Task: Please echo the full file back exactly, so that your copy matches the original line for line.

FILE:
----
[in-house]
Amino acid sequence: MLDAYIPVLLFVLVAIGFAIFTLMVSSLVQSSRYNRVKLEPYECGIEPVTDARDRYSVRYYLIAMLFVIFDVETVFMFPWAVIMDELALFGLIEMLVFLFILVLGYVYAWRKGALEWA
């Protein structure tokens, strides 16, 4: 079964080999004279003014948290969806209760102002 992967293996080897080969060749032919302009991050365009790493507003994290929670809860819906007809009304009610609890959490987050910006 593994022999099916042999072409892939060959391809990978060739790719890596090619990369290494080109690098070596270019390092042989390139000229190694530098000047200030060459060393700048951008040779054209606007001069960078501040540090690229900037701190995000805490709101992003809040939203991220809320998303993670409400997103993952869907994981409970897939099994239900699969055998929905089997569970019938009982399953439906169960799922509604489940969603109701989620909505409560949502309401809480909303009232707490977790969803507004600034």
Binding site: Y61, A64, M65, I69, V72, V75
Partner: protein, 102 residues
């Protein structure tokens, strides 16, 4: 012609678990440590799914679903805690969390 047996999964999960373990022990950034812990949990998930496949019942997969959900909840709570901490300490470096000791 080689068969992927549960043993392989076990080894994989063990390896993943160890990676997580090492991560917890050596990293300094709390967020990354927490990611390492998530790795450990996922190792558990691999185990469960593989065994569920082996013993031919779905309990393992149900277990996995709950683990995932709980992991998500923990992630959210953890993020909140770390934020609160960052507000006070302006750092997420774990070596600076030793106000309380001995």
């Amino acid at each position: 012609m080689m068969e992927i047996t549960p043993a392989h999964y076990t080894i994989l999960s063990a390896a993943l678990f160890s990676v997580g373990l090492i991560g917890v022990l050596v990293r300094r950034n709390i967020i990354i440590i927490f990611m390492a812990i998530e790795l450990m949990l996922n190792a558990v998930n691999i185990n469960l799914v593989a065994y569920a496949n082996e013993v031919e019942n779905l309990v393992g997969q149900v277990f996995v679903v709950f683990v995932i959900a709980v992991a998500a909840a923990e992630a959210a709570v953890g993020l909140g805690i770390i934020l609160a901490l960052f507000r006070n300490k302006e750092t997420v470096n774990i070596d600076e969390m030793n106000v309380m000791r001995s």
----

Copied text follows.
[in-house]
Amino acid sequence: MLDAYIPVLLFVLVAIGFAIFTLMVSSLVQSSRYNRVKLEPYECGIEPVTDARDRYSVRYYLIAMLFVIFDVETVFMFPWAVIMDELALFGLIEMLVFLFILVLGYVYAWRKGALEWA
């Protein structure tokens, strides 16, 4: 079964080999004279003014948290969806209760102002 992967293996080897080969060749032919302009991050365009790493507003994290929670809860819906007809009304009610609890959490987050910006 593994022999099916042999072409892939060959391809990978060739790719890596090619990369290494080109690098070596270019390092042989390139000229190694530098000047200030060459060393700048951008040779054209606007001069960078501040540090690229900037701190995000805490709101992003809040939203991220809320998303993670409400997103993952869907994981409970897939099994239900699969055998929905089997569970019938009982399953439906169960799922509604489940969603109701989620909505409560949502309401809480909303009232707490977790969803507004600034």
Binding site: Y61, A64, M65, I69, V72, V75
Partner: protein, 102 residues
């Protein structure tokens, strides 16, 4: 012609678990440590799914679903805690969390 047996999964999960373990022990950034812990949990998930496949019942997969959900909840709570901490300490470096000791 080689068969992927549960043993392989076990080894994989063990390896993943160890990676997580090492991560917890050596990293300094709390967020990354927490990611390492998530790795450990996922190792558990691999185990469960593989065994569920082996013993031919779905309990393992149900277990996995709950683990995932709980992991998500923990992630959210953890993020909140770390934020609160960052507000006070302006750092997420774990070596600076030793106000309380001995």
């Amino acid at each position: 012609m080689m068969e992927i047996t549960p043993a392989h999964y076990t080894i994989l999960s063990a390896a993943l678990f160890s990676v997580g373990l090492i991560g917890v022990l050596v990293r300094r950034n709390i967020i990354i440590i927490f990611m390492a812990i998530e790795l450990m949990l996922n190792a558990v998930n691999i185990n469960l799914v593989a065994y569920a496949n082996e013993v031919e019942n779905l309990v393992g997969q149900v277990f996995v679903v709950f683990v995932i959900a709980v992991a998500a909840a923990e992630a959210a709570v953890g993020l909140g805690i770390i934020l609160a901490l960052f507000r006070n300490k302006e750092t997420v470096n774990i070596d600076e969390m030793n106000v309380m000791r001995s």